Granma International
October 14, 2002

The truth about Cuba’s participation in the crisis is clearly established

                   • Affirms José Ramón Fernández, vice president of the Council of

                   VICE President of the Council of Ministers José Ramón
                   Fernández, who headed the Organizing Committee of the
                   recently held conference on the October Missile Crisis, told
                   Granma International that the meeting allowed the truth
                   about the persons involved and Cuba’s conduct during and
                   after the crisis to be clearly established.”

                   But although the world may have thought the October Crisis
                   lasted only 13 days, in Fernández’ opinion the dangerous and
                   insecure situation for Cuba did not end once the Soviet
                   missiles were removed from the island at the end of 1962. “If
                   we’re going to speak of crisis we have to take another look at
                   the early years of the Revolution when there were very clear
                   attempts to assassinate leaders of the revolutionary
                   movement. The permanent hostility, the blockade, diplomatic
                   aggression, sabotage, assassination attempts, pressure on
                   other countries not to invest in Cuba, fabricated lies, and
                   prohibiting people to travel to the island,” all constitute, in
                   his opinion, more than eloquent examples.

                   Nonetheless, he said the conference’s debates demonstrated
                   that a culture of peace could be constructed. “People openly
                   said what they wanted to and what they were thinking, in
                   mutual respect for others’ opinions. We weren’t looking to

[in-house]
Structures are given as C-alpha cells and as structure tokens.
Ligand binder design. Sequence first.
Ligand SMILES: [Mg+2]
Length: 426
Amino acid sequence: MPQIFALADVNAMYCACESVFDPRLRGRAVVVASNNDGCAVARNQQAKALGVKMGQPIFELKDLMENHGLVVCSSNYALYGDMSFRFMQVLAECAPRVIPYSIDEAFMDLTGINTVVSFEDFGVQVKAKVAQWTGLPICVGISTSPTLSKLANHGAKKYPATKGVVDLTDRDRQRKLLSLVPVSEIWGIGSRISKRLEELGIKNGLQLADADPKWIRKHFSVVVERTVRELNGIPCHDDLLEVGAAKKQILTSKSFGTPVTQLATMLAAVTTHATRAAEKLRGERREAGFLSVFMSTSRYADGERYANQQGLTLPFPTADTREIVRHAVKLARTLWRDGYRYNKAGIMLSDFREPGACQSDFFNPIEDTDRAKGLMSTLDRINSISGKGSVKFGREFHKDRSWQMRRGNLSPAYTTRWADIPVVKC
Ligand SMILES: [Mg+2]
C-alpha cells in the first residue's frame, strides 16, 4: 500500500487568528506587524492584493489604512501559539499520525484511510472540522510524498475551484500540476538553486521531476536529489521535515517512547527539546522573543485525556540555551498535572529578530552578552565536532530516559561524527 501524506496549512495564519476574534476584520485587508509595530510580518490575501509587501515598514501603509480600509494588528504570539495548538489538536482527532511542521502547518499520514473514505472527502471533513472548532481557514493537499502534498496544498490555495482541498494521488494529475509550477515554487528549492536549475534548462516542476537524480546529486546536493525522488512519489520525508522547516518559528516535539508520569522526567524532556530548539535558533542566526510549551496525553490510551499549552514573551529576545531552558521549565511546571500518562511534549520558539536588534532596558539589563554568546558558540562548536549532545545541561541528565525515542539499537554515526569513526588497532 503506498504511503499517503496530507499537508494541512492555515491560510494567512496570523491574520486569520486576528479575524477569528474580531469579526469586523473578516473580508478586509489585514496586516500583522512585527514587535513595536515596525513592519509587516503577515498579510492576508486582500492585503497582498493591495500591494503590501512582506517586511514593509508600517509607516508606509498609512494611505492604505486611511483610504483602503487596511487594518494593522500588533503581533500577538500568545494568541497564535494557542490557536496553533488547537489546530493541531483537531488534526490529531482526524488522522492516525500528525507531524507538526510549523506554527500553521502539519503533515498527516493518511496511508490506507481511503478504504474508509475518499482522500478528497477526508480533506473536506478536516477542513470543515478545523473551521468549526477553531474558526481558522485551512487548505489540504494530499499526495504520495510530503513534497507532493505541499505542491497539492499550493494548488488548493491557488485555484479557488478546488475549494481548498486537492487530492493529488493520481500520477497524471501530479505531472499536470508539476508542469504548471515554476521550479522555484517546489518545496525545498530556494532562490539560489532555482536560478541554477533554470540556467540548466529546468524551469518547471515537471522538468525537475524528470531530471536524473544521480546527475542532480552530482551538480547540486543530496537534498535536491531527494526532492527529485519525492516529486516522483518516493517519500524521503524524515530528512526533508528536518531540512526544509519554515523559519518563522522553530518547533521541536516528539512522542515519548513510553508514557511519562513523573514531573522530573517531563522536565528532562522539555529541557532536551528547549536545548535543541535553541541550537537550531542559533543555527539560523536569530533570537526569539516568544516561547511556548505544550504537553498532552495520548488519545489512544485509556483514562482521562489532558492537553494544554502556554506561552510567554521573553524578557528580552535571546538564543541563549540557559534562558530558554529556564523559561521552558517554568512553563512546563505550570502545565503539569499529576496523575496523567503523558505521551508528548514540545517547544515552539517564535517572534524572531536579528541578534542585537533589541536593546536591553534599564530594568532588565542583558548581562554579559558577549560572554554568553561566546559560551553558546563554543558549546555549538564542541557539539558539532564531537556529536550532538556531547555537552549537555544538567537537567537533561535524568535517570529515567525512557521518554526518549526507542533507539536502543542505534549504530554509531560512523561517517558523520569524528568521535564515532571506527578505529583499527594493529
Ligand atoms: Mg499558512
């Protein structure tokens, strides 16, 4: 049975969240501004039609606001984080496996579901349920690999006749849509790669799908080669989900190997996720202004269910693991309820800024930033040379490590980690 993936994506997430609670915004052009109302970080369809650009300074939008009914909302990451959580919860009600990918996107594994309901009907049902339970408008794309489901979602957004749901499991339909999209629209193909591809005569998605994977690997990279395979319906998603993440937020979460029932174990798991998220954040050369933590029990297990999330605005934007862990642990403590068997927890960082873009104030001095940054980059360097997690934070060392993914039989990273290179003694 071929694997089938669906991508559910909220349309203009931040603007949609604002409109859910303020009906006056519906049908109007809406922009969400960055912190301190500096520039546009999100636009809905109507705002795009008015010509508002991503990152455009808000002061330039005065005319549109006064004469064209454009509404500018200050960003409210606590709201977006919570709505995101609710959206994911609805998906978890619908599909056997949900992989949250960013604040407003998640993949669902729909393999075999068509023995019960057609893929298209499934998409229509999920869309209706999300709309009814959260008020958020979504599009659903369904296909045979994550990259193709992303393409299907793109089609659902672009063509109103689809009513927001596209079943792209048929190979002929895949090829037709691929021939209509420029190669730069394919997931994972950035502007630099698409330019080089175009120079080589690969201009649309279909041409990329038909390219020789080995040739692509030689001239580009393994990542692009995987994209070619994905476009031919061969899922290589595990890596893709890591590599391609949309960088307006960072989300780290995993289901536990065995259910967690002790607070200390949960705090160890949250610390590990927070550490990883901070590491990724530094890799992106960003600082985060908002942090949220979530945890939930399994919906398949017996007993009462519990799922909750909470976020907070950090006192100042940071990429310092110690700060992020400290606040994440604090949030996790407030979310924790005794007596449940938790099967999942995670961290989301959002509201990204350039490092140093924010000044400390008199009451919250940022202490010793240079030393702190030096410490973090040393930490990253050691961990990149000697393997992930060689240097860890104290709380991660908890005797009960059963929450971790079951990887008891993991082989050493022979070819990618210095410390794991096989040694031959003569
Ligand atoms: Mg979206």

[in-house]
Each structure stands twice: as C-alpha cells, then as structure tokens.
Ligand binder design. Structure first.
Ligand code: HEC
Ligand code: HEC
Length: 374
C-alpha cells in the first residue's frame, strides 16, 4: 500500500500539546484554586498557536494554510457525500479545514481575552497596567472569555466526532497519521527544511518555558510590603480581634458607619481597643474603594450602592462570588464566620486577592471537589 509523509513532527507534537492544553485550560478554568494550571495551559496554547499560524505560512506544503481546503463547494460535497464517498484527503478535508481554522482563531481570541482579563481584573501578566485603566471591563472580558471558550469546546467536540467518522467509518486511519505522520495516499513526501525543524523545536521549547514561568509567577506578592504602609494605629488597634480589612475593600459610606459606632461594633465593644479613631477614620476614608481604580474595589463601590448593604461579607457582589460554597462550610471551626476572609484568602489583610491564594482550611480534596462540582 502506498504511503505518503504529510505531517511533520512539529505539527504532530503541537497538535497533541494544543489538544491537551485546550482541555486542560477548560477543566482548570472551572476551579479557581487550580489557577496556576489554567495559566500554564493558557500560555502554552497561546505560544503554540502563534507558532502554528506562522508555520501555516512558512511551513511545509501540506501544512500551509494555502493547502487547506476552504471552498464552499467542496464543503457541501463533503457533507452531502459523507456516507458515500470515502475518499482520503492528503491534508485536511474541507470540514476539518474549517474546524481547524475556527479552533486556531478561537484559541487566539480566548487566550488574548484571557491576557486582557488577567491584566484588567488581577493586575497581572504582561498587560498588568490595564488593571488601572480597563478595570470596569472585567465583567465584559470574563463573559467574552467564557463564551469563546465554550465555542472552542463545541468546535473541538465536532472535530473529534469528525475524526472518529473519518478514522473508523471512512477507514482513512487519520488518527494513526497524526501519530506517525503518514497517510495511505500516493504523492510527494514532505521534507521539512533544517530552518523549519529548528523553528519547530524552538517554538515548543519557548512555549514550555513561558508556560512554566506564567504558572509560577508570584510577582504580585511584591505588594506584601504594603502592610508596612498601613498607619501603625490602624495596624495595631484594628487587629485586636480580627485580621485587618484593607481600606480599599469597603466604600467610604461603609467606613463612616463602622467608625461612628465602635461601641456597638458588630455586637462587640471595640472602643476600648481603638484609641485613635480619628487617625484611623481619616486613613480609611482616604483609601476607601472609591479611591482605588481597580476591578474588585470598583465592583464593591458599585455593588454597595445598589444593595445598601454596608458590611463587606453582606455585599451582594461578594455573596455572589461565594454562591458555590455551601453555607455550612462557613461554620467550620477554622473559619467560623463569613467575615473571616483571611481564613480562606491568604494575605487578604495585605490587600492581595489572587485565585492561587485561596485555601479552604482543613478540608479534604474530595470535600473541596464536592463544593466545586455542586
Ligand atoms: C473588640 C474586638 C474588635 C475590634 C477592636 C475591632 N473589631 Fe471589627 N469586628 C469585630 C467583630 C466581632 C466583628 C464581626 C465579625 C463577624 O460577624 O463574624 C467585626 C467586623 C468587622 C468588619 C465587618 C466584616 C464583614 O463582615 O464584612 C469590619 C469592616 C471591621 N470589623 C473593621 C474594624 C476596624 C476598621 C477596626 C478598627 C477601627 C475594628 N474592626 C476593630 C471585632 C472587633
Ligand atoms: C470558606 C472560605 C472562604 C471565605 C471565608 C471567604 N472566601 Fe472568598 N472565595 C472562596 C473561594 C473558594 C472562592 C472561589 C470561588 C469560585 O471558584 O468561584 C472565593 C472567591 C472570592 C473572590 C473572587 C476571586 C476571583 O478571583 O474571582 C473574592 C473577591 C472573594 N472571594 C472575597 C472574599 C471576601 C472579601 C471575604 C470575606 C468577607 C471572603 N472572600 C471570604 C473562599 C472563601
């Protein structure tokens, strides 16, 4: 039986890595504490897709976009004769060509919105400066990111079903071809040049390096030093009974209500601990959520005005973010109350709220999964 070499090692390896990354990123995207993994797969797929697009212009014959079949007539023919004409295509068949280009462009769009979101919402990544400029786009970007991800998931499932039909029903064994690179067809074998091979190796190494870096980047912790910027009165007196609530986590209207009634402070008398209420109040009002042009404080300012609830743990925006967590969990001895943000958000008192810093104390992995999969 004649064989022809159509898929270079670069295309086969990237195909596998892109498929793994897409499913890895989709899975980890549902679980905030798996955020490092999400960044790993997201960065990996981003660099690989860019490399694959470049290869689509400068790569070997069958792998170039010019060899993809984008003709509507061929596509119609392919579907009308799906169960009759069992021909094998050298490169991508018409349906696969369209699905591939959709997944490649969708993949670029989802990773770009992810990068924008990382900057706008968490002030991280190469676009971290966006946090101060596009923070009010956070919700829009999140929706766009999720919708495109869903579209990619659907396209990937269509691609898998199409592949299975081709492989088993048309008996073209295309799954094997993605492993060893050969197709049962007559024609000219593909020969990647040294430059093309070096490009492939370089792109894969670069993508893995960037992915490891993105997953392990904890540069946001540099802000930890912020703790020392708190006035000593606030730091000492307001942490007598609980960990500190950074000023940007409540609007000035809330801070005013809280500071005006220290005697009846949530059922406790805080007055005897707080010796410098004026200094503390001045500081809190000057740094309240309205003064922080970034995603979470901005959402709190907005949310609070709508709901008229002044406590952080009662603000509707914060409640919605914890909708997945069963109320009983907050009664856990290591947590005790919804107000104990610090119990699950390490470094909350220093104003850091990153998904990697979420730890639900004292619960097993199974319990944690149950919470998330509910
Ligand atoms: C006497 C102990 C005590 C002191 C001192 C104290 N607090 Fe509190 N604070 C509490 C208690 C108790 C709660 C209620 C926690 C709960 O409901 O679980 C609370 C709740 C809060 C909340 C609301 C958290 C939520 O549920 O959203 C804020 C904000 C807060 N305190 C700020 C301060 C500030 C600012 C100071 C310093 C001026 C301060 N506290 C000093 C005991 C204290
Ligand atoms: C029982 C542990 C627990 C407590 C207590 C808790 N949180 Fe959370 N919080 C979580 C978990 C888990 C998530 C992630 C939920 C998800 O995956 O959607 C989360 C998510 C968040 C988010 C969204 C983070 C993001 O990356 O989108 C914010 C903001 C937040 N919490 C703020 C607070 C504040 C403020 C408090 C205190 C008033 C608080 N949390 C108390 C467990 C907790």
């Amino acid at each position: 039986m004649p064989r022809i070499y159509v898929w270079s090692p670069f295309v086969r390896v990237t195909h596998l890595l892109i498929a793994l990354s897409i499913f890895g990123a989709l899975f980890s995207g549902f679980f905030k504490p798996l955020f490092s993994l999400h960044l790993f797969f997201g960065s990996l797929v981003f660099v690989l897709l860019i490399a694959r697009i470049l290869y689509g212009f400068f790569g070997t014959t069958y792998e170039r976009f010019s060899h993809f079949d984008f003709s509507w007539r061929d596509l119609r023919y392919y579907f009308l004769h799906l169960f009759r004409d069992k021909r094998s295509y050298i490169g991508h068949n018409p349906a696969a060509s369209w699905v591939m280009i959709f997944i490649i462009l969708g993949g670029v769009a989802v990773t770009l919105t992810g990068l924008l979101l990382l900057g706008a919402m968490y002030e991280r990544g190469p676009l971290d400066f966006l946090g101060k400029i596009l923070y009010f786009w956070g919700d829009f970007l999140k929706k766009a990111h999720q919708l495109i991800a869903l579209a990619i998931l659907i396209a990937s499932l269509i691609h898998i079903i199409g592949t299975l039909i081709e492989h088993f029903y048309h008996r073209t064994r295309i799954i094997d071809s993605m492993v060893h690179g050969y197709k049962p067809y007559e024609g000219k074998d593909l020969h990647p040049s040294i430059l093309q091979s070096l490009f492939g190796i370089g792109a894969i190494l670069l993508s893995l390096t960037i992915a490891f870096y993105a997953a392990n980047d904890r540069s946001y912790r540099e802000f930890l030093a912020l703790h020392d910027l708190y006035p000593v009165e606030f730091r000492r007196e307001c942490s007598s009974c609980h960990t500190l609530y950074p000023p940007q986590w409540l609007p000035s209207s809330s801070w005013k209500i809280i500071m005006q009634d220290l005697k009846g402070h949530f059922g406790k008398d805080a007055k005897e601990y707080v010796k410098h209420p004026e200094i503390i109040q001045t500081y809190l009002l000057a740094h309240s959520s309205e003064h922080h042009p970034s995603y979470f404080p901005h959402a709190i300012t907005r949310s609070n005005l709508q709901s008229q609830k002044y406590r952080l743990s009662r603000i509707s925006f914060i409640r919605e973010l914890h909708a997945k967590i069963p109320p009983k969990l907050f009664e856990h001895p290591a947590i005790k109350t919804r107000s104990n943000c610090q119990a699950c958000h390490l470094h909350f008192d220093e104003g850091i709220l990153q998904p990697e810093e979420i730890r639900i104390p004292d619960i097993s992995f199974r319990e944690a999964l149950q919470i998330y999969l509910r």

create confrontation among positions, but to contrast one
                   another’s opinions and information and contribute to a
                   clarification of the truth.

                   With respect to that difficult time in 1962, he recalled the
                   words of Che who considered the days “enlightening and sad.”
                   Sad - Fernández stated - because of how the crisis was
                   handled and how it ended (referring to the solution decided
                   by the two Powers, taken without consulting the
                   Revolutionary government). Enlightening because,
                   independent of the unfavorable conditions created, the
                   revolutionary leadership knew how to remain strong, clearly
                   explain the situation to the Cuban people, and in its five
                   points defined the objectives that both the Cuban government
                   and our adversaries should follow.”

                   Cuba wanted the five points to be considered and fulfilled
                   after the United States and the former Soviet Union
                   negotiated an end to the Missile Crisis. They included the
                   right of the small island not to be subjected to further U.S.
                   aggression, that is: sabotage, terrorist attacks, introduction
                   of counterrevolutionary forces, death threats and blockade.
                   The return of the territory occupied by the U.S. Naval Base in
                   Guantánamo was also requested.

                   “These are our rights. We aren’t asking them to give us
                   anything. Even though we didn’t succeed in the fulfillment of
                   our aims, the Cuban people have stood firm for more than 40

                   “When one reflects on this event and looks back,” Fernández
                   highlighted, “any man or woman in the world - and the 74
                   U.S. participants here are no exception, on the contrary - can
                   see how much reason was on our side, and how dangerous
                   our adversaries have made life for us throughout so many
                   years.” (Marelys Valencia)